The South Carolina Supreme Court recently considered an automobile policy stepdown clause in relationship to criminal misconduct. In Nationwide Mutual Fire Insurance Co. v. Walls, 433 S.C. 206, 858 S.E.2d 150 (S.C. 2021) an automobile accident occurred as a result of a high speed chase between the driver of the insured vehicle and law enforcement. At the time of the crash, the vehicle was occupied by three passengers. One of the passengers owned the vehicle that was involved in the crash. The driver of the vehicle had refused to pull over at the command of law enforcement. The vehicle passengers told the driver to stop the car, but the driver refused. A high speed chase with law enforcement then ensued. At the time of the collision, Nationwide insured the vehicle with limits of $100,000 per person/$300,000 per occurrence. The policy had a stepdown clause stating that the policy did not provide coverage above South Carolina’s Financial Responsibility Law minimum limits whenever bodily injury or property damage occurred when a driver of the insured vehicle was committing a felony with the vehicle or while the driver was fleeing from law enforcement. The stepdown provision reduced the coverage available under the Nationwide policy to $50,000 in the aggregate, which represented South Carolina’s minimum Financial Responsibility Law limits. Nationwide paid its $50,000 and then filed a declaratory judgment action, asserting that Nationwide did not owe more than the $50,000 aggregate limit.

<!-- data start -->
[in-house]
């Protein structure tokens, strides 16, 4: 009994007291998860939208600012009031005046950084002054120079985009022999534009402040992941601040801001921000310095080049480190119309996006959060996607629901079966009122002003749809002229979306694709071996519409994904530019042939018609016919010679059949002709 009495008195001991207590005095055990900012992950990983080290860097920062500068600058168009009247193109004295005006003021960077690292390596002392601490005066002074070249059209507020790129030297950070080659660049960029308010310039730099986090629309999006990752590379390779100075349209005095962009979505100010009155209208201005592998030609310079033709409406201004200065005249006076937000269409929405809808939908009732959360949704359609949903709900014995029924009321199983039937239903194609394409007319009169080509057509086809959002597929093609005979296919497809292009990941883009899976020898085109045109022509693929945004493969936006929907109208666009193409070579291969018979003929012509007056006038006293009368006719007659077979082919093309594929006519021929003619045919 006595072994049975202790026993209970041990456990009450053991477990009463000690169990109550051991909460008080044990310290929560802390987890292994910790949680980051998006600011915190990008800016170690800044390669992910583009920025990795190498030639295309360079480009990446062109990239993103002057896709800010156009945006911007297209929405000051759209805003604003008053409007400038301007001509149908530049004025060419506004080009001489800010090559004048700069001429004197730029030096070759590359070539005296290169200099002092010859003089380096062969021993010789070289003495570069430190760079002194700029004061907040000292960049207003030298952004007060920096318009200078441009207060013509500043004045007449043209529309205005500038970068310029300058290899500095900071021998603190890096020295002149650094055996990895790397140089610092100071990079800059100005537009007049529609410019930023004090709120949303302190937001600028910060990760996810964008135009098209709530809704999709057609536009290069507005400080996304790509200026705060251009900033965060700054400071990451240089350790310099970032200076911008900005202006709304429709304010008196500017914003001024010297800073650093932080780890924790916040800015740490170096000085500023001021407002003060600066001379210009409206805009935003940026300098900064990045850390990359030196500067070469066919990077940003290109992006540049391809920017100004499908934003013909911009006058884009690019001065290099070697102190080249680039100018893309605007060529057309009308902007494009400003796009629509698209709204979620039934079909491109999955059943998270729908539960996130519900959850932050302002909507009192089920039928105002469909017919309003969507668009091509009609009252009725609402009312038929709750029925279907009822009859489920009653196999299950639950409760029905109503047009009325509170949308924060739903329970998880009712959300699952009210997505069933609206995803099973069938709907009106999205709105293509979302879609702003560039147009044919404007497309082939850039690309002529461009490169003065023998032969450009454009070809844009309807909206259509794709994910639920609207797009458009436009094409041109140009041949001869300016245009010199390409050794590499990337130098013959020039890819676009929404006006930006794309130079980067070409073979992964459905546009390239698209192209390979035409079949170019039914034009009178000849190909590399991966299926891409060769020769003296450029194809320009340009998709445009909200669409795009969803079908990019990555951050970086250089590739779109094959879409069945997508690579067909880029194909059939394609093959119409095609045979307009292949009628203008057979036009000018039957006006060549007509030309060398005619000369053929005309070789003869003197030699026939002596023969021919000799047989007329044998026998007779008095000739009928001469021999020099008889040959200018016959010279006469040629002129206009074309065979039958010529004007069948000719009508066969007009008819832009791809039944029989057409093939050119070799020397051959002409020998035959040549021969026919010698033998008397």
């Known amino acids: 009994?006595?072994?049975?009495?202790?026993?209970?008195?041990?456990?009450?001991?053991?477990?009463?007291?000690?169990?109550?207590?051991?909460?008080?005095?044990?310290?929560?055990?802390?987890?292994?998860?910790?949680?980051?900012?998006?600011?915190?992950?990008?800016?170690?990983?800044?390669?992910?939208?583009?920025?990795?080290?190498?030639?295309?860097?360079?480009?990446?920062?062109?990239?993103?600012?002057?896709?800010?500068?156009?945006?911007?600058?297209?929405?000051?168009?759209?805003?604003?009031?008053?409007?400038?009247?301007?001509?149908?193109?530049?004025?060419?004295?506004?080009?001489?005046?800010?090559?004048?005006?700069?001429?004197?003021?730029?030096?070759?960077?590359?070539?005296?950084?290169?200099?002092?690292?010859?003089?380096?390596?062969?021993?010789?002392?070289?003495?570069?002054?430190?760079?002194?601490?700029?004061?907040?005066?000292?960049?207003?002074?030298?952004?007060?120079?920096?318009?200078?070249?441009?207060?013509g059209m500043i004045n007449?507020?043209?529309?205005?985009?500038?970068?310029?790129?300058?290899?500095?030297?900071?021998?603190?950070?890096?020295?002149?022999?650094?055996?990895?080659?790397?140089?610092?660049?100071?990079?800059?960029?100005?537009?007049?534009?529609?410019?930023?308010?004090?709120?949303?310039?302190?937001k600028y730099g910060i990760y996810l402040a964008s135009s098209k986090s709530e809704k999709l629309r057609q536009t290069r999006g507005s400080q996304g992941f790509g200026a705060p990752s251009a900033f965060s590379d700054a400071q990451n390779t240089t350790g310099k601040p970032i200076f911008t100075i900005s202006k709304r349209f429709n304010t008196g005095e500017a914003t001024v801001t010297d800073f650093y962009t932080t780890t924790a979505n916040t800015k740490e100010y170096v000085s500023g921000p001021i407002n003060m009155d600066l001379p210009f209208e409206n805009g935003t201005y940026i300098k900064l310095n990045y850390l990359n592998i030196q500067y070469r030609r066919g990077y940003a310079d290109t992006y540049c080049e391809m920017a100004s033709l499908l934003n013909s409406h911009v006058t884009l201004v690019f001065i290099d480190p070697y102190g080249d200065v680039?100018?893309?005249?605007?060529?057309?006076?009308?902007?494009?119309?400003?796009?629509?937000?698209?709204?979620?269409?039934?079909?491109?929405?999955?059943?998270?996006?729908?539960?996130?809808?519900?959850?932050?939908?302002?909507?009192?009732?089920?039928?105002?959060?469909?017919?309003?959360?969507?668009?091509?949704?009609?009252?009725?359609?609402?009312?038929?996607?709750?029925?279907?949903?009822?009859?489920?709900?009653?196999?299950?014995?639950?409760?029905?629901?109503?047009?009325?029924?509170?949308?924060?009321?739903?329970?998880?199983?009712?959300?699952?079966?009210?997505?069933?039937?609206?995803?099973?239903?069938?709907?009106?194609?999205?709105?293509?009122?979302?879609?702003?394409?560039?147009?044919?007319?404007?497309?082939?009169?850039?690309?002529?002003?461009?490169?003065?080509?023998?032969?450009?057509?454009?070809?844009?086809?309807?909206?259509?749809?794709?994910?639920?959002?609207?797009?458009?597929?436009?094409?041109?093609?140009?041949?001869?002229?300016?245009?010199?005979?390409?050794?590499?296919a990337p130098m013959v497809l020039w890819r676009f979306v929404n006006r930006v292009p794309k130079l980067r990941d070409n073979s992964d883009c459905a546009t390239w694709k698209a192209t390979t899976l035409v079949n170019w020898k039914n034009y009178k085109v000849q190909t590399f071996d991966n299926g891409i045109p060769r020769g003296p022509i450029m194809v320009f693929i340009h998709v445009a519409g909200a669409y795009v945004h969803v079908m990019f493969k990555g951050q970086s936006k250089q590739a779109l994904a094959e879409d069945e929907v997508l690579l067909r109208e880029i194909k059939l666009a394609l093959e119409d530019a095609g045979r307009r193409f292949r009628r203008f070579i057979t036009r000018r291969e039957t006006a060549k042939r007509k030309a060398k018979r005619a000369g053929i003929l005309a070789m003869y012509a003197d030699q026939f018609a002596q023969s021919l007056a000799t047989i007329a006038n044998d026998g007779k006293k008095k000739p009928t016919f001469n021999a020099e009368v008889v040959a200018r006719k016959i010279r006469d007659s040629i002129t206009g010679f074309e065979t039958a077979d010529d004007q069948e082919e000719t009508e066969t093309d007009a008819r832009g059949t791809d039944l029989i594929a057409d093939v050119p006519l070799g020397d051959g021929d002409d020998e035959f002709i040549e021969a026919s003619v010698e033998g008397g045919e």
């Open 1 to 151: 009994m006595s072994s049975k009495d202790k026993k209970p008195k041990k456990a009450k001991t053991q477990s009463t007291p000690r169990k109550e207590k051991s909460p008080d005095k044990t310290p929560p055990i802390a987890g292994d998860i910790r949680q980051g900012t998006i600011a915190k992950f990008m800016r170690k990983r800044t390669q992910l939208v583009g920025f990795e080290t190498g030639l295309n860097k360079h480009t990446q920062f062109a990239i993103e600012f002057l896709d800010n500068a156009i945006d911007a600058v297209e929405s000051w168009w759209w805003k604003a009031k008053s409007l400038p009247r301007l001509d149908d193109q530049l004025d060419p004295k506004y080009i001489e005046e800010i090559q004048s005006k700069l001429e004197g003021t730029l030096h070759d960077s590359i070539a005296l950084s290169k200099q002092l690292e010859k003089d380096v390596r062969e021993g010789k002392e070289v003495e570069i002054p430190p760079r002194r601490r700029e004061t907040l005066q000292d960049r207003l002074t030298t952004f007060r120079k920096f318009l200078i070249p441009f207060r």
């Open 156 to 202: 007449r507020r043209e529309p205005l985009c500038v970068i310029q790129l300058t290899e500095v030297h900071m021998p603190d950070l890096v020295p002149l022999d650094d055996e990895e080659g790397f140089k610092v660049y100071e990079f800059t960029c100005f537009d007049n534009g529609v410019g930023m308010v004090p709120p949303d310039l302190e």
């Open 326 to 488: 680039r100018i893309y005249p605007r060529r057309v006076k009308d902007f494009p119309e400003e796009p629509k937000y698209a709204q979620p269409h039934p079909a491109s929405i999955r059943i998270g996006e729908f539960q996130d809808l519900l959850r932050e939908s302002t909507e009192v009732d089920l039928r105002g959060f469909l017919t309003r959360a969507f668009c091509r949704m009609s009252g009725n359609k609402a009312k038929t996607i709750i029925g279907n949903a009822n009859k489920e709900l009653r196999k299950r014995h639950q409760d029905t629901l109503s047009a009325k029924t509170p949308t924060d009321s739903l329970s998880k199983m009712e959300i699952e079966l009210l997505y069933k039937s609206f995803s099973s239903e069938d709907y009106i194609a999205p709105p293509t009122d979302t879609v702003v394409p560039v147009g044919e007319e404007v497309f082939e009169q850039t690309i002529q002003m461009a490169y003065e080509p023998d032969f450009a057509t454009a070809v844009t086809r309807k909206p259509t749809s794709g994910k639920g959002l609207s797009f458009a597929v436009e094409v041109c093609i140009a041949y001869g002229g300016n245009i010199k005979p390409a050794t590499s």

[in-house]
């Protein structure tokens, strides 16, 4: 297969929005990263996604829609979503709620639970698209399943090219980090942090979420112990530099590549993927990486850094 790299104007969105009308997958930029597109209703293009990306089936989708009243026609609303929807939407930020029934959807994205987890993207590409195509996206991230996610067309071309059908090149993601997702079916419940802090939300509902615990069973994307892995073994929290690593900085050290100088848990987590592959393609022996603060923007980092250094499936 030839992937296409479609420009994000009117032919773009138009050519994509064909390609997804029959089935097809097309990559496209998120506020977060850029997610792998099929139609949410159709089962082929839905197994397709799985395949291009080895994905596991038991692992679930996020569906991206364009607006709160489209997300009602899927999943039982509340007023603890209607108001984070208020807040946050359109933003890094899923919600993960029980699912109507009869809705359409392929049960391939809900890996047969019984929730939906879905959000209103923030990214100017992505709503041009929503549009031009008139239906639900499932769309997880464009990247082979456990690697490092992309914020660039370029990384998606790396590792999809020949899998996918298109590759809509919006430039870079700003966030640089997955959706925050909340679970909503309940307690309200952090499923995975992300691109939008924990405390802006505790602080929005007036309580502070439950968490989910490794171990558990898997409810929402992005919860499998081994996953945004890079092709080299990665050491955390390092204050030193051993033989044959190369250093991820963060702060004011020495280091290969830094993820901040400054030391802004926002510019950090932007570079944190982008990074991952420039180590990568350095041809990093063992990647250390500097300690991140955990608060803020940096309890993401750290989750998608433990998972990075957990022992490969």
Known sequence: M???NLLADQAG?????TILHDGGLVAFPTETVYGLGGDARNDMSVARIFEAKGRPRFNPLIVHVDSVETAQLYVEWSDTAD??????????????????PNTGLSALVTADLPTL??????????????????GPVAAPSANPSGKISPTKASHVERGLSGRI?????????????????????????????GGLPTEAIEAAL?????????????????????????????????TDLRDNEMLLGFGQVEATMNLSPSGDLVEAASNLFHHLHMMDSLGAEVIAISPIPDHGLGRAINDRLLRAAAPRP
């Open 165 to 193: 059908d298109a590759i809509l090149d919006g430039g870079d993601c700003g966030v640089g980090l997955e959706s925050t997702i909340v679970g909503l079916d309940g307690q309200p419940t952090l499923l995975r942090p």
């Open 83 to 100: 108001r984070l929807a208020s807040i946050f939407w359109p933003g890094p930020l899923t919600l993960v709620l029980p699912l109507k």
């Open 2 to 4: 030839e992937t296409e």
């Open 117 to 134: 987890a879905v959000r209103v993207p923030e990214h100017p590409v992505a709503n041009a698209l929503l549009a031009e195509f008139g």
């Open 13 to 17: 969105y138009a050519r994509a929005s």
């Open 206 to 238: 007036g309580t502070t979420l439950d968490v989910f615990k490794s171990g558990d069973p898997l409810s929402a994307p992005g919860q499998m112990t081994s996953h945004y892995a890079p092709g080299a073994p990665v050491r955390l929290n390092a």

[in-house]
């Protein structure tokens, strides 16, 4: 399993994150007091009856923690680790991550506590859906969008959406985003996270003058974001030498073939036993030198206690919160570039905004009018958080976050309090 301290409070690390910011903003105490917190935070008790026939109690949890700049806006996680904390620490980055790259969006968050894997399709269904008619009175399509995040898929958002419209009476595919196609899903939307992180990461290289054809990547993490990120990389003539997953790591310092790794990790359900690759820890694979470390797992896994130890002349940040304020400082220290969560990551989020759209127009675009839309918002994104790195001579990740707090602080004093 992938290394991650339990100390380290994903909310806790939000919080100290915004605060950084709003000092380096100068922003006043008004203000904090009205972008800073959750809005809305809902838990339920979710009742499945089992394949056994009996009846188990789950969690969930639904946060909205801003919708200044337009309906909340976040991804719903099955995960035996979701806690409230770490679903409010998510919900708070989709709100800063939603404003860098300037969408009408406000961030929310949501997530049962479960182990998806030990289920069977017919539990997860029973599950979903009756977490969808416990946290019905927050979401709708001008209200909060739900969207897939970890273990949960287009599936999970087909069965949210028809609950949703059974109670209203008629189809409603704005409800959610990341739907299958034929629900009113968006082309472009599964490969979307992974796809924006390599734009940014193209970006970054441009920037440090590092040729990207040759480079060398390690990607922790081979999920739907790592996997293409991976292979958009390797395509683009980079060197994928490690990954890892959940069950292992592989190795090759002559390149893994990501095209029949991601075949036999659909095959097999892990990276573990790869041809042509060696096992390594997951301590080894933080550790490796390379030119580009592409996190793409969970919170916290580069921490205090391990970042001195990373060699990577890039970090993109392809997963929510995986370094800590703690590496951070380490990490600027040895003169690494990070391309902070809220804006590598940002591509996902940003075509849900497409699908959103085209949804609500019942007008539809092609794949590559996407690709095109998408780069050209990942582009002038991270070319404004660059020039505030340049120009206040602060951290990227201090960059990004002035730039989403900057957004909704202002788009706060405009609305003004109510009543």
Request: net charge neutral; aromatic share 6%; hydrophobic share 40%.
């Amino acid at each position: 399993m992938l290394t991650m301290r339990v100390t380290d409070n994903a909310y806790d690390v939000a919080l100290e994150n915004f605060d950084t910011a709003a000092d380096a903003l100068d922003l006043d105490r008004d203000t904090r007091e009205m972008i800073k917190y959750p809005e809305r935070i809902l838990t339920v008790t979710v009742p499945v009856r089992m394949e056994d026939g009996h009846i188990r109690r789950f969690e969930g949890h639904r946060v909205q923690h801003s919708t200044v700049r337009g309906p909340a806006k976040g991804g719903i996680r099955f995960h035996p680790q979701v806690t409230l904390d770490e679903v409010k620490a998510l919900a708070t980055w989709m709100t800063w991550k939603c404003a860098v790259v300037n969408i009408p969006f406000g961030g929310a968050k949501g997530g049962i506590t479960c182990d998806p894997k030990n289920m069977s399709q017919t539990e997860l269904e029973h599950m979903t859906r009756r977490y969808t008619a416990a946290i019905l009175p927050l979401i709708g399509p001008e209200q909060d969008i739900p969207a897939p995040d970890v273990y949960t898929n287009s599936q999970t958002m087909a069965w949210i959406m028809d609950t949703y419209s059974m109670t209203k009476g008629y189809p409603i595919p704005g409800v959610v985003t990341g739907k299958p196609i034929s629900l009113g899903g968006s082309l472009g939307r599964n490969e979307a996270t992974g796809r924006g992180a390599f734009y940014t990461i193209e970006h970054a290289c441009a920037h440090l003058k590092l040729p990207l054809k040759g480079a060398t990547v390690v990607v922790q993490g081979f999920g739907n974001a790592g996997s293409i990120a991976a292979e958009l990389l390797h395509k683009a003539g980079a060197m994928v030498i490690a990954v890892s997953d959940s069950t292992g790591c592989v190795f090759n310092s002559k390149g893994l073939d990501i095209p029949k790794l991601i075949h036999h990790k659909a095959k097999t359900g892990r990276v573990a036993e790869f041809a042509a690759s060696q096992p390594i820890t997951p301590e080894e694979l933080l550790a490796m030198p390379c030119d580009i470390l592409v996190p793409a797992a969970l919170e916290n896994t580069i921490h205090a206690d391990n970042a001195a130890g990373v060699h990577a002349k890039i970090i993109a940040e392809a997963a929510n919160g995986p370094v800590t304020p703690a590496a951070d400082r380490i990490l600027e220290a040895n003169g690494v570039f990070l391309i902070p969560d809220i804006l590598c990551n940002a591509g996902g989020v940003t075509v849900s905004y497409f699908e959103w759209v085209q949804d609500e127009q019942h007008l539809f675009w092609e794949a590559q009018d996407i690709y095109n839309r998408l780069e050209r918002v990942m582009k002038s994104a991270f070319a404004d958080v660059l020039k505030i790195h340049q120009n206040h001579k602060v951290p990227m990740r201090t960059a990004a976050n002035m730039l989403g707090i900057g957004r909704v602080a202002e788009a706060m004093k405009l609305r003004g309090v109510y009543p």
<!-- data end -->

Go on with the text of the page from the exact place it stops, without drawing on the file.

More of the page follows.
The trial court in Walls ruled that the driver of the vehicle was a non-permissive user at the time of the high-speed chase, and that Nationwide’s stepdown clause was unconscionable and void as against public policy. As such the trial court reinstated the full non-stepdown limits of the policy. After the trial court’s ruling, the South Carolina Supreme Court decided Williams v. GEICO, 409 S.C. 586, 762 S.E.2d 705 (S.C. 2014). The trial court then altered its prior order finding, on the one hand, that the driver of the vehicle was committing a felony and fleeing from police at the time of the accident while also finding, on the other hand, that the Williams decision prohibited stepdown provisions in those situations where the policy’s declarations page purported to provide a higher amount of coverage to specific classes of insureds. The South Carolina Court of Appeals reversed, upholding Nationwide’s stepdown provision.
The South Carolina Supreme Court reversed the appellate court decision, upholding the stepdown clause. The Court found that the mandatory coverage provisions of South Carolina’s Financial Responsibility Law (South Carolina Code, §38-77-142(C)) prohibited insurers from reducing the coverage required by the law once the policy was issued. Like the Supreme Court’s decision in Williams, which involved a family stepdown provision, the Supreme Court reasoned that Natiowide’s stepdown clause was void for similar reasons. Of note to the majority ruling was that South Carolina’s legislature had not amended the mandatory financial responsibility law after the Court had decided Williams. Two justices dissented, however. The dissenting justices would have permitted the stepdown provision when the driver is committing a felony or while fleeing law enforcement.